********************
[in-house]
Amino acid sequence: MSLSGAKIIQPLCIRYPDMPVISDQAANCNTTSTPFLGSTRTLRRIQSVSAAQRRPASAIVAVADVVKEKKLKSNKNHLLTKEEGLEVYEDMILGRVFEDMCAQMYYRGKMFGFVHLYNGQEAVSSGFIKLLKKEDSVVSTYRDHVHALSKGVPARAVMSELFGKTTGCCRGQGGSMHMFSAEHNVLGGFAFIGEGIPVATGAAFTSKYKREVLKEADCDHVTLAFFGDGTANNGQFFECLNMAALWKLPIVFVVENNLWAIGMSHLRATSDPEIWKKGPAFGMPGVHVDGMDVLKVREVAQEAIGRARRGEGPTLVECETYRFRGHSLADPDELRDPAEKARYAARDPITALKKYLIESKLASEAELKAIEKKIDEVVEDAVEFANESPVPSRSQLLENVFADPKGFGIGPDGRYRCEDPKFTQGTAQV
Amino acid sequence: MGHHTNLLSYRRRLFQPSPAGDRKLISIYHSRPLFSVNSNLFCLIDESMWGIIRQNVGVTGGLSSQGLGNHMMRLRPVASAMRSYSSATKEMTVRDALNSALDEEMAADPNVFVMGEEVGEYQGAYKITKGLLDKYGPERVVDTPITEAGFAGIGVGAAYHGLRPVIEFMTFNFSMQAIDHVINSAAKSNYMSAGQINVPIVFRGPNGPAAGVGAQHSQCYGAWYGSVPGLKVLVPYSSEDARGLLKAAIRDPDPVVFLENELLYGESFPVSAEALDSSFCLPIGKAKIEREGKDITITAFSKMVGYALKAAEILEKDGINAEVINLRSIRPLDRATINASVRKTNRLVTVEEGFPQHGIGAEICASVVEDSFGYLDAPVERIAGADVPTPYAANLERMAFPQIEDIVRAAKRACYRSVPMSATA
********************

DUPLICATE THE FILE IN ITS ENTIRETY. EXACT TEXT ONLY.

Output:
[in-house]
Amino acid sequence: MSLSGAKIIQPLCIRYPDMPVISDQAANCNTTSTPFLGSTRTLRRIQSVSAAQRRPASAIVAVADVVKEKKLKSNKNHLLTKEEGLEVYEDMILGRVFEDMCAQMYYRGKMFGFVHLYNGQEAVSSGFIKLLKKEDSVVSTYRDHVHALSKGVPARAVMSELFGKTTGCCRGQGGSMHMFSAEHNVLGGFAFIGEGIPVATGAAFTSKYKREVLKEADCDHVTLAFFGDGTANNGQFFECLNMAALWKLPIVFVVENNLWAIGMSHLRATSDPEIWKKGPAFGMPGVHVDGMDVLKVREVAQEAIGRARRGEGPTLVECETYRFRGHSLADPDELRDPAEKARYAARDPITALKKYLIESKLASEAELKAIEKKIDEVVEDAVEFANESPVPSRSQLLENVFADPKGFGIGPDGRYRCEDPKFTQGTAQV
Amino acid sequence: MGHHTNLLSYRRRLFQPSPAGDRKLISIYHSRPLFSVNSNLFCLIDESMWGIIRQNVGVTGGLSSQGLGNHMMRLRPVASAMRSYSSATKEMTVRDALNSALDEEMAADPNVFVMGEEVGEYQGAYKITKGLLDKYGPERVVDTPITEAGFAGIGVGAAYHGLRPVIEFMTFNFSMQAIDHVINSAAKSNYMSAGQINVPIVFRGPNGPAAGVGAQHSQCYGAWYGSVPGLKVLVPYSSEDARGLLKAAIRDPDPVVFLENELLYGESFPVSAEALDSSFCLPIGKAKIEREGKDITITAFSKMVGYALKAAEILEKDGINAEVINLRSIRPLDRATINASVRKTNRLVTVEEGFPQHGIGAEICASVVEDSFGYLDAPVERIAGADVPTPYAANLERMAFPQIEDIVRAAKRACYRSVPMSATA